Smoking and obesity hit sperm quality, but men are reluctant to believe that the problem lies with them and this ignorance is something that needs to be addressed too.
Bad lifestyle taking toll on fertility of 1 in 4 UAE men
DUBAI // Smoking, poor diet, obesity and a lack of exercise are contributing factors to why one in four men in the UAE have poor sperm quality - the most common cause of male infertility.
Men in the UAE are at far greater risk of infertility than their European counterparts, according to Bruno Rosset, one of the founders of Bourn Hall fertility clinic in Dubai, the UAE arm of the UK clinic where the first test-tube baby was conceived.
From his experience at the clinic, he said at least one in four men here suffer from the problem.
"Lifestyle is a big issue," said Mr Rosset. "The men are overweight, have genetically inherited diseases and poor nutrition. These are all factors that can lead to bad sperm quality."
However, men often reluctant to believe infertility is an issue that lies with them and this ignorance can mean heartache for a couple who might never realise their dream of a child, Mr Rosset said.
The challenge is to make men understand that infertility is not solely a women's fault, he said.
"Men need not to believe that if a woman does not get pregnant it is her problem," said Mr Rosset. "More often than not, it is they that are the problem. This is something culturally sensitive that needs addressing.
"Success rates could be a lot better if men were more open to this idea."
World Health Organisation (WHO) statistics show that one quarter of couples in developing countries are affected by infertility. Exact global prevalence of male infertility is unknown, but men are often less willing to seek reproductive health care, according to WHO.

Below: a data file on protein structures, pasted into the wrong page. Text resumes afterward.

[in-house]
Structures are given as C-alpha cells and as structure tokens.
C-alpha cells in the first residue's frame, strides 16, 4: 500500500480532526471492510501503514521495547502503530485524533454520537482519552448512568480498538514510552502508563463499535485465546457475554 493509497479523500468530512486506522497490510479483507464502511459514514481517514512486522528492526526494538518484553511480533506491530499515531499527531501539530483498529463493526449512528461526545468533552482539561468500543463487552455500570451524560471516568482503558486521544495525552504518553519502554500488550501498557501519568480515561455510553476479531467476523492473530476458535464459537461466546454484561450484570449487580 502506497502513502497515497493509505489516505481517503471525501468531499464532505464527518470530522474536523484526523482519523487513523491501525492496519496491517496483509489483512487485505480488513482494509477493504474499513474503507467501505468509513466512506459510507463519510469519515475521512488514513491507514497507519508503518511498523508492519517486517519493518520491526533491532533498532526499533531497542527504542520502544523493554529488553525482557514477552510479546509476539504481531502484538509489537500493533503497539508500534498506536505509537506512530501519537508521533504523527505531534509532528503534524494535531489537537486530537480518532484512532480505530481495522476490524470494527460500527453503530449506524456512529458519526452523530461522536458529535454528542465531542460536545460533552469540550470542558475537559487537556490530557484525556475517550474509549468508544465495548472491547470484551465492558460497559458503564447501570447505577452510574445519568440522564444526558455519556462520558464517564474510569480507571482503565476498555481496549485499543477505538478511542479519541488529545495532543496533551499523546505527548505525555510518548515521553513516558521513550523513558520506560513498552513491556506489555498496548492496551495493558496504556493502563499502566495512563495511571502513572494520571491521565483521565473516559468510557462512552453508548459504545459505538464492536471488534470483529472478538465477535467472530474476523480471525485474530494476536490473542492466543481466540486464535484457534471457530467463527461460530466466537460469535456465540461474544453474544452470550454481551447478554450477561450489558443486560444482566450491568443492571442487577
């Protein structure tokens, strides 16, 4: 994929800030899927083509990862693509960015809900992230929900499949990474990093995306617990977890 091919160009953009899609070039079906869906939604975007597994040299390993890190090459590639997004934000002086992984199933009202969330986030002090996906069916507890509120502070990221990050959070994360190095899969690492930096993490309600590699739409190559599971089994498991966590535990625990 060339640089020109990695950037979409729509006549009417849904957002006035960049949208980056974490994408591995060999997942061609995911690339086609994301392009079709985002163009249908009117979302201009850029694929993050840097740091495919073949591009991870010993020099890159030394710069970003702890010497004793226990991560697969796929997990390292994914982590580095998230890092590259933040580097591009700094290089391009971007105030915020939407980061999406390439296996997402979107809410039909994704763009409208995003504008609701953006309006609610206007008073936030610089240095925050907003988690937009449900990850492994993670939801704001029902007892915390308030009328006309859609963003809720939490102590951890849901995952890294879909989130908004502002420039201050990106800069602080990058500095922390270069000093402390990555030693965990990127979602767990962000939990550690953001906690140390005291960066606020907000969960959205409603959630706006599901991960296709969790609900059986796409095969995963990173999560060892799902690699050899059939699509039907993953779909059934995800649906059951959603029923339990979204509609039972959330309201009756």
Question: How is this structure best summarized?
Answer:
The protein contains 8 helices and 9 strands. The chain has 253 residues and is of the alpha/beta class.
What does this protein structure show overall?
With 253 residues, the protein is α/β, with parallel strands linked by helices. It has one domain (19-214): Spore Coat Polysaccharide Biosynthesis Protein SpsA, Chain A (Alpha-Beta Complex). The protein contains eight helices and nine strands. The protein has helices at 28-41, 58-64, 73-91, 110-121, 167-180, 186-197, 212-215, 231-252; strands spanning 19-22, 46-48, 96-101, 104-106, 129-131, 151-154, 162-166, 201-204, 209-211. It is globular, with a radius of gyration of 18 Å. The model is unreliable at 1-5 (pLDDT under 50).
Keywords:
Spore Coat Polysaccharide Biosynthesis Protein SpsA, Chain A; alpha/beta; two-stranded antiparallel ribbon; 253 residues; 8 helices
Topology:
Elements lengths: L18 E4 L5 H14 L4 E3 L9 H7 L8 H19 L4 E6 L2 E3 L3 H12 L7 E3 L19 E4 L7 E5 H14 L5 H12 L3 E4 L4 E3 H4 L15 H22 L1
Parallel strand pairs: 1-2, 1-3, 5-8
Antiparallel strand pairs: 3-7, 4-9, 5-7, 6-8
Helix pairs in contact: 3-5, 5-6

"Male infertility is significant worldwide," said Dr Waleed Hassen, assistant professor of urology for Johns Hopkins Medical Institutions and chief urologist at Tawam Hospital, the oncology centre in Al Ain. "I would think men make up about 40 per cent of infertility among couples, maybe higher."
Higher rates of male infertility could be attributed to congenital abnormalities being more common among men in the UAE, he said.
Dr Hassen said he believed that, in the UAE, and generally worldwide, there was a stigma towards infertility and being able to conceive, and this could delay those affected seeking help.
Educating men about infertility risks and lifestyle will be a major part of the work by staff at Dubai's preconception care clinic, Bourn Hall, which opened last week.
The Jumeirah clinic will work with would-be parents to assess their infertility problems, to increase the risk of fertility and address lifestyle issues that can often be the cause of conception problems, said Mr Rosset.
"Our research has shown how the health, nutrition and lifestyle of prospective parents affects not only fertility, but the child's health, which is why our work begins long before the first injection of hormones," he said.
Consultations will involve a health and lifestyle audit, taking into account any fertility issues and, depending on the needs of the individual, services would include checks on BMI, blood pressure, blood tests and genetic screening, nutritional and supplement advice and ovulation tracking.
"We see infertility treatment as a holistic approach," said Mr Rosset. "We want to channel the right lifestyle.
"The reason we came to the UAE is because we think there is a big, unmet need in the region that needs to be addressed."
Bourn Hall is where IVF began when the world's first clinic was founded in Cambridge, UK, by medical pioneers Robert Edwards and Patrick Steptoe, in 1980. This came two years after their technique resulted in the birth of the world's first IVF baby, Louise Brown.